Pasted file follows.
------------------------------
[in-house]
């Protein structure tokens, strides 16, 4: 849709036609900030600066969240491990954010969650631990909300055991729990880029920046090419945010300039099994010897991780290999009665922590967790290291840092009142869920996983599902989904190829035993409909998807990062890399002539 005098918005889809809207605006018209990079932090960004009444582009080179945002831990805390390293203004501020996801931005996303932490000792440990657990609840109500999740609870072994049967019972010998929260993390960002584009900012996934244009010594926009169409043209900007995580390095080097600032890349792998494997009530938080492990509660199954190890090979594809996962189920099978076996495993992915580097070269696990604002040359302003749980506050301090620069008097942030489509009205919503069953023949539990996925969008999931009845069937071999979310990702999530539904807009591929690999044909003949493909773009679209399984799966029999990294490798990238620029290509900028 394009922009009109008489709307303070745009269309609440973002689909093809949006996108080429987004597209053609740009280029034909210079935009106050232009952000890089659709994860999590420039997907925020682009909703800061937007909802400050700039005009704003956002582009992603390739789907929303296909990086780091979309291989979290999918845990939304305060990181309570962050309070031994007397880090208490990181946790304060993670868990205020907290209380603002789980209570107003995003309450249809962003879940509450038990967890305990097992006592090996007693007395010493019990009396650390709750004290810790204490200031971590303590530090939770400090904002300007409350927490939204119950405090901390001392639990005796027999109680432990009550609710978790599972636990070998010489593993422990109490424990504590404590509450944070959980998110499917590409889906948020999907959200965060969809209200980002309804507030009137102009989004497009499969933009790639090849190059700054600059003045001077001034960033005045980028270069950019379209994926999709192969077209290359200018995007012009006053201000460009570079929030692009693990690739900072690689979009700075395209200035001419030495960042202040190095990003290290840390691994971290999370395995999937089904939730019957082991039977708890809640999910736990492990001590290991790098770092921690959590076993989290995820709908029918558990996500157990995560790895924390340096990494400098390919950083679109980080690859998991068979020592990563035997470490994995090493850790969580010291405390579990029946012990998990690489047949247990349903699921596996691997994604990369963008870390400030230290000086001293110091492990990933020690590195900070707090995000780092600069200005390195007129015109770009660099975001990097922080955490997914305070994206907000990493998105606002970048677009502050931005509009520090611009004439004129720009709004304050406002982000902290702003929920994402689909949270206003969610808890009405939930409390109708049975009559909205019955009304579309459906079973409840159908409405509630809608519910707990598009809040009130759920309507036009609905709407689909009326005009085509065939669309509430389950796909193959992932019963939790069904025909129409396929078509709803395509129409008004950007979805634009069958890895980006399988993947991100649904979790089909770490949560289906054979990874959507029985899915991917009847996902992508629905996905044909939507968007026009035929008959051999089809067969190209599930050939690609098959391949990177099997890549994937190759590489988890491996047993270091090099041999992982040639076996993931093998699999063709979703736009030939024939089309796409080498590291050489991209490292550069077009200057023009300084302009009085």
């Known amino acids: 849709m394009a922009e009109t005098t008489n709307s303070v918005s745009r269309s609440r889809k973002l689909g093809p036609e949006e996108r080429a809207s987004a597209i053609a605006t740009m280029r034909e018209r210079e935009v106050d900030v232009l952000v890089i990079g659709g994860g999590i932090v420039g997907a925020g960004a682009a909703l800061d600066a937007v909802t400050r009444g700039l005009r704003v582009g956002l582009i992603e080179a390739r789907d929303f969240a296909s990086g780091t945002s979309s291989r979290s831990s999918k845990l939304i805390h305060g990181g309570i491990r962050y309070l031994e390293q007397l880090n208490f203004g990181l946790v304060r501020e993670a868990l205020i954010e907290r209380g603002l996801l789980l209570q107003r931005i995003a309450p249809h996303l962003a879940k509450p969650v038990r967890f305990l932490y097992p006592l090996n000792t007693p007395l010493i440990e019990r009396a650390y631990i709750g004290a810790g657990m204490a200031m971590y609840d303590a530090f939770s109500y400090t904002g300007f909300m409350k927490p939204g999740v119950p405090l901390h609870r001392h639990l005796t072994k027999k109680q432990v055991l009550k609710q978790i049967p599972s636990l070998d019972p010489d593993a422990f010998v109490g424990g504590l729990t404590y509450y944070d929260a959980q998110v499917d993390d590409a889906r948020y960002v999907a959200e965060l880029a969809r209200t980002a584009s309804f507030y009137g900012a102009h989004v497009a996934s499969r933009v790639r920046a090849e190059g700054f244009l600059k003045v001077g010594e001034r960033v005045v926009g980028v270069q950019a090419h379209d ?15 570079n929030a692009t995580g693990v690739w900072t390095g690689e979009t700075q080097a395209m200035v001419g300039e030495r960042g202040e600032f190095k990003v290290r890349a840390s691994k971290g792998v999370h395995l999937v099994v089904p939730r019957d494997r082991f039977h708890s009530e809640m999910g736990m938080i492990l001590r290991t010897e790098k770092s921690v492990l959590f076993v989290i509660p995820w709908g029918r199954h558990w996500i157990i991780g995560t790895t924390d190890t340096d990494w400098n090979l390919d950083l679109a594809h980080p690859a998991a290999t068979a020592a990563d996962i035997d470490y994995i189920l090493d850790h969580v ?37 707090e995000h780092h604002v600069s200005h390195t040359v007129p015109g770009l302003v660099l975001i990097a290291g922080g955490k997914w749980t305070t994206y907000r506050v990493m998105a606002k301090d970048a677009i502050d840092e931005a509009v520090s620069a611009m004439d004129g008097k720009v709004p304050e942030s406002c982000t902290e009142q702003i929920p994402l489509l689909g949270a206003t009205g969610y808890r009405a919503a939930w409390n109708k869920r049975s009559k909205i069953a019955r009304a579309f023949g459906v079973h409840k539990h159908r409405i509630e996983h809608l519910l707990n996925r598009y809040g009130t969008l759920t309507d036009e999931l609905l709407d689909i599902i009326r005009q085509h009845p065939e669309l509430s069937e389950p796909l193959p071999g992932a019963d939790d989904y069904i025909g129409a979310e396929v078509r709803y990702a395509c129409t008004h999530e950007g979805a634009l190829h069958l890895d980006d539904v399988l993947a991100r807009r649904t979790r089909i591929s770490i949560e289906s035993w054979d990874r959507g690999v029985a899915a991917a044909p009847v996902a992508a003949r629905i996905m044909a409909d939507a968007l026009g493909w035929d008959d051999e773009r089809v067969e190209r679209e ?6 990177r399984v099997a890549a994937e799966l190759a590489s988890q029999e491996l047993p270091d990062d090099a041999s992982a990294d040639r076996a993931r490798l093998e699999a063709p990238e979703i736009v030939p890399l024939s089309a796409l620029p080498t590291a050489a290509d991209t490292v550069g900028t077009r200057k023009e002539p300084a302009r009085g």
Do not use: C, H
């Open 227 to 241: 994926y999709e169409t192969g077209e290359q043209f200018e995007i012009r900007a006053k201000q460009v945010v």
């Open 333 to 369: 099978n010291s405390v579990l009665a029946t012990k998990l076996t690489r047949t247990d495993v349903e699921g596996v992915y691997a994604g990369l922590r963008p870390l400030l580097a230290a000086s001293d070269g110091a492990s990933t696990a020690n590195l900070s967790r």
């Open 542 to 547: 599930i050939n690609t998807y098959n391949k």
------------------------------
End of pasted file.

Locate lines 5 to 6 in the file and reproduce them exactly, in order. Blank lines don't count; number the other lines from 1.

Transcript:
């Open 227 to 241: 994926y999709e169409t192969g077209e290359q043209f200018e995007i012009r900007a006053k201000q460009v945010v």
């Open 333 to 369: 099978n010291s405390v579990l009665a029946t012990k998990l076996t690489r047949t247990d495993v349903e699921g596996v992915y691997a994604g990369l922590r963008p870390l400030l580097a230290a000086s001293d070269g110091a492990s990933t696990a020690n590195l900070s967790r």